As COVID-19 cases increase across the country, despite increased vaccinations, health experts fear another potential surge in the pandemic.
“We’ve seen more recent surges again and lockdowns. We don’t want that to happen here,” said Carilion Clinic’s Chair of Medicine Dr. Paul Skolnik.
Across the country, new COVID-19 cases are up 16% on average from last week, according to Johns Hopkins University data. It’s a troublesome trend in Virginia too where cases are up nearly 4.4% this week.
“This recent increase is worrisome because that’s been the pattern. Around Thanksgiving, around Christmas and other times we’ve seen surges, that’s how it starts” said Skolnik.
Skolnik said three things could be to blame:
- Governors are easing restrictions, opening up restaurants, businesses and social gatherings.
- People are traveling more. Flying, especially, is a high-risk activity even for those who’ve been vaccinated.
- There are new variants of the virus spreading around the country that can be more contagious.
No matter the cause of the increase, Fincastle resident Lynda Crosby and Franklin County resident Nick Colliver have noticed COVID-19 fatigue.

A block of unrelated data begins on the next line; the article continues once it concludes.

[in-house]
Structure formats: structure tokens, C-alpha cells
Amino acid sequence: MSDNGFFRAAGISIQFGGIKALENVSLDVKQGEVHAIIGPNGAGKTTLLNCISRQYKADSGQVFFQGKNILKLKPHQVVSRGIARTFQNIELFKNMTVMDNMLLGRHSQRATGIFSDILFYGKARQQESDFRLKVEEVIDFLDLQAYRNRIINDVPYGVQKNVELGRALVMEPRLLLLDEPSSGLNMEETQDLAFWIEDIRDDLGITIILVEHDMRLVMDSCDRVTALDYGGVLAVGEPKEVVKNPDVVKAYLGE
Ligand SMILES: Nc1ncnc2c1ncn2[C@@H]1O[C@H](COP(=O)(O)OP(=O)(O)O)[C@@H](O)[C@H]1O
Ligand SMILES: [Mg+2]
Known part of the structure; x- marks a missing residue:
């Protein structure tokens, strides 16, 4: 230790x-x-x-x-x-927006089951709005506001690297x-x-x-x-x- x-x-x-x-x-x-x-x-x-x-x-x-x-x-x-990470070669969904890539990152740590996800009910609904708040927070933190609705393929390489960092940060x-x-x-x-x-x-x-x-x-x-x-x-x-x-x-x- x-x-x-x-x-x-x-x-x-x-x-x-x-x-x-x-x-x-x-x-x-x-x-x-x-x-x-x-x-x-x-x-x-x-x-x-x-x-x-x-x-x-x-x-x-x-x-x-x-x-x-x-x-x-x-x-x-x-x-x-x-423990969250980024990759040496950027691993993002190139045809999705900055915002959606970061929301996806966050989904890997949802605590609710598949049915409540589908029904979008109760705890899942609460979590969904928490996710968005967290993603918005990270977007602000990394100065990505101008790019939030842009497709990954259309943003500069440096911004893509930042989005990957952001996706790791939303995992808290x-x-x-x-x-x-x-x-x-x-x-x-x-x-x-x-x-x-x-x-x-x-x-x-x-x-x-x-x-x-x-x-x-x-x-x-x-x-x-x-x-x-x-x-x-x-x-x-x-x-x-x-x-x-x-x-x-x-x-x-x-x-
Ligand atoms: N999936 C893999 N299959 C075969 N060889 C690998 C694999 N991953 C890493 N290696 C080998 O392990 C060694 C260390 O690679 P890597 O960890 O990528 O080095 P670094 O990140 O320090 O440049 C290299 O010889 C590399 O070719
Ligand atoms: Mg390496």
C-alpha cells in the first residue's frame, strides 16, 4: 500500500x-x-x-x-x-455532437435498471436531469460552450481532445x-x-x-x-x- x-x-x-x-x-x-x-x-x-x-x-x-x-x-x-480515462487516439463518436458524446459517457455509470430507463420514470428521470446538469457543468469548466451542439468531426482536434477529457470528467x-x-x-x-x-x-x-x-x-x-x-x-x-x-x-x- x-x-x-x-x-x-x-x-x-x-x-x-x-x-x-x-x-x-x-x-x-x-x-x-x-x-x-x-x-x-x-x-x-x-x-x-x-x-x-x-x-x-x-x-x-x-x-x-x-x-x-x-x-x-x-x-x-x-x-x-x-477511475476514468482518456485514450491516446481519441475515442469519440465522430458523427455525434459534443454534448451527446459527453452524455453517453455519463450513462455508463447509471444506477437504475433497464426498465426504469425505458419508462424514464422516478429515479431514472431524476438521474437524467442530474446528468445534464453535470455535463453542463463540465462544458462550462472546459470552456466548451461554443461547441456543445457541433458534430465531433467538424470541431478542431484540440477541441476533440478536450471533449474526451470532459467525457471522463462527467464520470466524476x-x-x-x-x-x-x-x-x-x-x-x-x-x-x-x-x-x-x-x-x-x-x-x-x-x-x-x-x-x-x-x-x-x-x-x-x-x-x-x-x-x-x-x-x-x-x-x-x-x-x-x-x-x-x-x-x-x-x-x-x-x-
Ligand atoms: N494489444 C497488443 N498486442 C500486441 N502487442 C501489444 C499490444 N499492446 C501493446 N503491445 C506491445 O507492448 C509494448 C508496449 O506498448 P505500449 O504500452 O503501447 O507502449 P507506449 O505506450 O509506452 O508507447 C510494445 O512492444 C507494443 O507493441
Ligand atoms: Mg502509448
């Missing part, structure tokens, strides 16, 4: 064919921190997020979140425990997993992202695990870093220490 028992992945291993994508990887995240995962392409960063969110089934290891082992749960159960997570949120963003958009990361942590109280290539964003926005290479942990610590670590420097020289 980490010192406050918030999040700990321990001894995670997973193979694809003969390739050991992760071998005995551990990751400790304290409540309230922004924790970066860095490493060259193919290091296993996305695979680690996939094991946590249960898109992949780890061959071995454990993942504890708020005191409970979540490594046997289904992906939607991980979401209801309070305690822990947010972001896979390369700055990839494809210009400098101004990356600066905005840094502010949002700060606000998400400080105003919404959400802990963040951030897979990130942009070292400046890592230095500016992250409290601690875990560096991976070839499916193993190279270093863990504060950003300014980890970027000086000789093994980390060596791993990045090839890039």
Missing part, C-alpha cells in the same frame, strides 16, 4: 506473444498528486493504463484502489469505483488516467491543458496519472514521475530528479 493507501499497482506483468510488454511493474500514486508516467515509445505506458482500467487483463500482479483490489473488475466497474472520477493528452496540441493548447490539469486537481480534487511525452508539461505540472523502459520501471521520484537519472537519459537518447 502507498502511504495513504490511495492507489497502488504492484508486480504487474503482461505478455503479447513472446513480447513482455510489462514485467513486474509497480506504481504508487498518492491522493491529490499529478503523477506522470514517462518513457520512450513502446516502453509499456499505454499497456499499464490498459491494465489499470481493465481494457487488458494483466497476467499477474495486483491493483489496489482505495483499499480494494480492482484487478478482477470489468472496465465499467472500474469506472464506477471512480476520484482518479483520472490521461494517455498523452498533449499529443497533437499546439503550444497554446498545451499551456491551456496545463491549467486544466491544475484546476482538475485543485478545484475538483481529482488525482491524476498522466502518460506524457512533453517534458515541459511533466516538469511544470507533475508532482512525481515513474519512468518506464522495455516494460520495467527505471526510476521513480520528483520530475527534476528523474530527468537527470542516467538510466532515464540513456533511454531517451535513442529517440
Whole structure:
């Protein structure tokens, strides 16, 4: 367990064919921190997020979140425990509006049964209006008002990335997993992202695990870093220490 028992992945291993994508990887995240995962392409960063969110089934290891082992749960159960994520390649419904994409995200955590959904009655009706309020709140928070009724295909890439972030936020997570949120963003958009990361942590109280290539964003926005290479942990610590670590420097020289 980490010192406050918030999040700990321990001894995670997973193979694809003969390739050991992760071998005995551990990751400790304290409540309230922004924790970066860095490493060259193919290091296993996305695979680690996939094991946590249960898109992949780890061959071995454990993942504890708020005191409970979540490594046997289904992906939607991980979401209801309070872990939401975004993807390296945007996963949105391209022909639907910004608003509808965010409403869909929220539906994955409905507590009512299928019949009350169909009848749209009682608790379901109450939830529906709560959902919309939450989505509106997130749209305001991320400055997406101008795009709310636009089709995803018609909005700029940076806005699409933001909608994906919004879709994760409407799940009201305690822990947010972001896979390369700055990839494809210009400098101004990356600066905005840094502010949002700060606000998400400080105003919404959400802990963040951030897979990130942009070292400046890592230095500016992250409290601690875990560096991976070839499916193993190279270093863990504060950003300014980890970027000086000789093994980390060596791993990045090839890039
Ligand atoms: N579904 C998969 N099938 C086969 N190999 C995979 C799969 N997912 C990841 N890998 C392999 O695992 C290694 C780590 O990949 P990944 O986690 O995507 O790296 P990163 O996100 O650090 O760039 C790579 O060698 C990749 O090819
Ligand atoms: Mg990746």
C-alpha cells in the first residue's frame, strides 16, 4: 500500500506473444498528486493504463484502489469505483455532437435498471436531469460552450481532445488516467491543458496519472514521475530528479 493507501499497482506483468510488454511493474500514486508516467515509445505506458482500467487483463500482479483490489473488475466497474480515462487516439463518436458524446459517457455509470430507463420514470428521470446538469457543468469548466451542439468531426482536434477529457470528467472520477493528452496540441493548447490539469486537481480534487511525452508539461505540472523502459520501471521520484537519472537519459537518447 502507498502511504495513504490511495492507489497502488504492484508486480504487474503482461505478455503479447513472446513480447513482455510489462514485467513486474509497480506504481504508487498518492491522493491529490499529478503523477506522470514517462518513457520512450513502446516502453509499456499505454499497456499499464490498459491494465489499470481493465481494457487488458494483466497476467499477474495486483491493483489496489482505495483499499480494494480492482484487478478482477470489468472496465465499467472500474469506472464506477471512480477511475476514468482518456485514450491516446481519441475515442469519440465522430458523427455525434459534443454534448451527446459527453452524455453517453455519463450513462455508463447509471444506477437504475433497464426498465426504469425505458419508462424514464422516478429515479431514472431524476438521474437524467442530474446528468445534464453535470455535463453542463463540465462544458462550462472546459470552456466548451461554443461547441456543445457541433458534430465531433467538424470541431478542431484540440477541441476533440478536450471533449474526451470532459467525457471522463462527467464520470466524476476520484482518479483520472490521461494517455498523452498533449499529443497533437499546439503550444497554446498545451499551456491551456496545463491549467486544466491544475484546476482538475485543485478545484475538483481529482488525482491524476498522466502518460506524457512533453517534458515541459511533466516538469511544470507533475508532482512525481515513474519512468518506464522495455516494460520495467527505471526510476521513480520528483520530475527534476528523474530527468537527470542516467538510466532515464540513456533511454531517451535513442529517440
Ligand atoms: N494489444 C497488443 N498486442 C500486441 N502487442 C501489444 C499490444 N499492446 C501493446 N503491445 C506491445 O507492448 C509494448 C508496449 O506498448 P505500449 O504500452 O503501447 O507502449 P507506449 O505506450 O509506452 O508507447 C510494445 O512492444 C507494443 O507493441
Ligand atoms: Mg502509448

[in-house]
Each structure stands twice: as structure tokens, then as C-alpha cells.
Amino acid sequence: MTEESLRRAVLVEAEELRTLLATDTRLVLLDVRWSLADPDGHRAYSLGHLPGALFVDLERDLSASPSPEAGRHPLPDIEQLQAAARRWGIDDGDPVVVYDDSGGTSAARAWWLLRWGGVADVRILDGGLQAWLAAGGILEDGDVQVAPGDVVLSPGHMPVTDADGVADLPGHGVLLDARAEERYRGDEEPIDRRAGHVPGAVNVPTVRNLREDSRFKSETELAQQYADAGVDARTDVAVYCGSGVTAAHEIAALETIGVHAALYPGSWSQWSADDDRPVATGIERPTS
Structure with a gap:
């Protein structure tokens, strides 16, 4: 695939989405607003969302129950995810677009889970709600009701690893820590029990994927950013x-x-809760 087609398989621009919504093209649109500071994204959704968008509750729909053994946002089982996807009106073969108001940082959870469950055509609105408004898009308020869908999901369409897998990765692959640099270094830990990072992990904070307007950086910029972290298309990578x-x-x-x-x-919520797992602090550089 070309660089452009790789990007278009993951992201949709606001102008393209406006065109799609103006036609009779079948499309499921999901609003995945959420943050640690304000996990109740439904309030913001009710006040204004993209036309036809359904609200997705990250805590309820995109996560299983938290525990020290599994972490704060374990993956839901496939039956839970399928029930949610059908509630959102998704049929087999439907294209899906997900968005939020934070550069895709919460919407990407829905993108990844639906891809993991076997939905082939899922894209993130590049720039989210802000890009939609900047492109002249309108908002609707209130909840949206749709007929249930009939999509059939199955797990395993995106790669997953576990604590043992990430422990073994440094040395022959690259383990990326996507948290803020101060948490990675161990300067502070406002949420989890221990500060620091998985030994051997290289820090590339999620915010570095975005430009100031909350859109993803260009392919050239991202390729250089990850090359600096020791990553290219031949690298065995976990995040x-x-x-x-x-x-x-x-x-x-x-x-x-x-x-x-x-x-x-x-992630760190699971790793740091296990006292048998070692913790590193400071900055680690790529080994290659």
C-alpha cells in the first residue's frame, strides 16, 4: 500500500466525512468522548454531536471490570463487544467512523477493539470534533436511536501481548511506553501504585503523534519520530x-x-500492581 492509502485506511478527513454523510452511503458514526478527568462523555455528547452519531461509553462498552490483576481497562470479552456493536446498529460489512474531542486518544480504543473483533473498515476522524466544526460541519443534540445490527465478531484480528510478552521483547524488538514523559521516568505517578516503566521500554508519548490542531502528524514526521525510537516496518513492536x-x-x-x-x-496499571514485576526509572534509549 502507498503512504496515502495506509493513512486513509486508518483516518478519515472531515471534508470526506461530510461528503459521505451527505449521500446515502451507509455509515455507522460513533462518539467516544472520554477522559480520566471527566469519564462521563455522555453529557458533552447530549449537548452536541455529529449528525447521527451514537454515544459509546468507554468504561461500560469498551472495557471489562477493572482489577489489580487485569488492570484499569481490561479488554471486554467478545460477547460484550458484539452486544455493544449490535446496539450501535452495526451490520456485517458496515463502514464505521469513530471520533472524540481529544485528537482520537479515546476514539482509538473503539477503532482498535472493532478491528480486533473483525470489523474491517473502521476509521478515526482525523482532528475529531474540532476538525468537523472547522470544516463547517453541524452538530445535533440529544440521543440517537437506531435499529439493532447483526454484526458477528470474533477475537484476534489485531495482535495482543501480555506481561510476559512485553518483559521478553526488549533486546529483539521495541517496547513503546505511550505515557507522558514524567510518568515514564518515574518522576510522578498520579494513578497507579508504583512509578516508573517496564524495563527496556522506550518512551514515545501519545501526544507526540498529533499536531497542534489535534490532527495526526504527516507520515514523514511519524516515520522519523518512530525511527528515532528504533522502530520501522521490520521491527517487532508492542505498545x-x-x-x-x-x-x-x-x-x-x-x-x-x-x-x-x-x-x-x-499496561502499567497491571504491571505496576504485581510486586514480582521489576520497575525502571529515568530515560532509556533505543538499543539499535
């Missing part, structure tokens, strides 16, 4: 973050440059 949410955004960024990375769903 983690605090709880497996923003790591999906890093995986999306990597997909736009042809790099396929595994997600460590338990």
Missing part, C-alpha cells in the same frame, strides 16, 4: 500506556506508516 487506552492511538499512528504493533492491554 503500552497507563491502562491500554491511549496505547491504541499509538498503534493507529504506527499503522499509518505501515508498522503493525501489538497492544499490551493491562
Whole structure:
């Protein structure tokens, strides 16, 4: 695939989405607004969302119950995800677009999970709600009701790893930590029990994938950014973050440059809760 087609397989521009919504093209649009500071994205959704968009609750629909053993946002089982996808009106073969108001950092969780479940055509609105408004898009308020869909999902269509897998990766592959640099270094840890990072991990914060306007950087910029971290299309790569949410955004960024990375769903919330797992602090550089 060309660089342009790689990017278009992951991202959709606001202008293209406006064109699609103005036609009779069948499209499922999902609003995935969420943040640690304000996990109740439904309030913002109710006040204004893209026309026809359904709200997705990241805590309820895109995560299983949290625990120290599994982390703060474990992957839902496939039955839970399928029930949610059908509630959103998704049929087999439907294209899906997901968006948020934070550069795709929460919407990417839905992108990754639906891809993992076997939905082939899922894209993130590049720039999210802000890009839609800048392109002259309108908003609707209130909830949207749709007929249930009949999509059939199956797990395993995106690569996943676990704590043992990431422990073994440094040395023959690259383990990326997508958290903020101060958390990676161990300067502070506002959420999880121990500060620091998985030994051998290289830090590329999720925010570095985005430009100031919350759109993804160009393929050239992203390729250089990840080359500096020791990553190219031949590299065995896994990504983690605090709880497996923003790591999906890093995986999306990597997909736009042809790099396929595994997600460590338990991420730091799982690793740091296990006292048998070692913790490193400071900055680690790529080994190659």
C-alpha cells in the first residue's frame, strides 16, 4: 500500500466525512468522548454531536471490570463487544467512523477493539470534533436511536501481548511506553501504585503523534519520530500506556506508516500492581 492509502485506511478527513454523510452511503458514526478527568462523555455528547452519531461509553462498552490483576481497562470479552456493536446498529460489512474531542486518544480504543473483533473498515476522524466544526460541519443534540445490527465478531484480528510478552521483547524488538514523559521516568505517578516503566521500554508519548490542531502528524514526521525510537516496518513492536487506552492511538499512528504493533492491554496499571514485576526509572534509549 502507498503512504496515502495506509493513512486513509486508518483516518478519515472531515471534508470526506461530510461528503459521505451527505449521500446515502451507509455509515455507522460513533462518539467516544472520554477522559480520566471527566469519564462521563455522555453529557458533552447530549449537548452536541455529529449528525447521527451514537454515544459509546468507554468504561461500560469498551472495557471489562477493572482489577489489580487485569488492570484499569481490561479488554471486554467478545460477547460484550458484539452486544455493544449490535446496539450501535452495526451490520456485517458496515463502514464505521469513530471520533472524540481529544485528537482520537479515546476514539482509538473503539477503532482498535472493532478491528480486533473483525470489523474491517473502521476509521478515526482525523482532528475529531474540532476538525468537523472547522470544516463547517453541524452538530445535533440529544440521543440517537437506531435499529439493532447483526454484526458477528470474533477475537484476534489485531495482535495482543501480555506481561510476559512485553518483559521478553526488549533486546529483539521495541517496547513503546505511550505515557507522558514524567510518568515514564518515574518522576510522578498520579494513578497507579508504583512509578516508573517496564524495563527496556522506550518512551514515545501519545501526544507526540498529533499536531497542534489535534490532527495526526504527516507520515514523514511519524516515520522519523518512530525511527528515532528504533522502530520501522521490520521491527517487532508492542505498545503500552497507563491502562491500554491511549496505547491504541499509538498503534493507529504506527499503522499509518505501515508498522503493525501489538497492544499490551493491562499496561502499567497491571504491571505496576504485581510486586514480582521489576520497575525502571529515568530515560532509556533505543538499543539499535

“People are tired. People have gotten complacent,” said Crosby.
“I feel like people have gotten lax with masks and stuff along those lines,” said Colliver.
In a statement from Virginia Dept. of Health State Epidemiologist Lilian Peake, MD, MPH, she writes:
“I am not aware of any studies that show one specific cause tied to the recent increase in cases. We have not yet reached herd immunity and the level of transmission of the virus remains high. It’s likely that all of those factors play a role. We are seeing cases occur across all ages but a disproportionate number are occurring in younger age groups. We are seeing outbreaks in a number of settings.
It’s critical that Virginians continue to take steps to stop the spread. Get vaccinated when it’s your turn. Maintain physical distancing. Wear a mask in public. Get tested and stay home if you’ve been exposed [to COVID-19] or have symptoms.”
According to the CDC, 15.5% of the U.S. population is fully vaccinated. Skolnik said it’ll take 60-70% to reach herd immunity.
He said health experts are fighting vaccine hesitancy just like they’re fighting the virus, which is why he said it’s critical to continue to follow health and safety guidelines.
“If you are looking around you, pretty much everyone around you has known someone that’s died from COVID-19,” said Skolnik. “And that’s a stark reminder that this is not just an innocent virus.”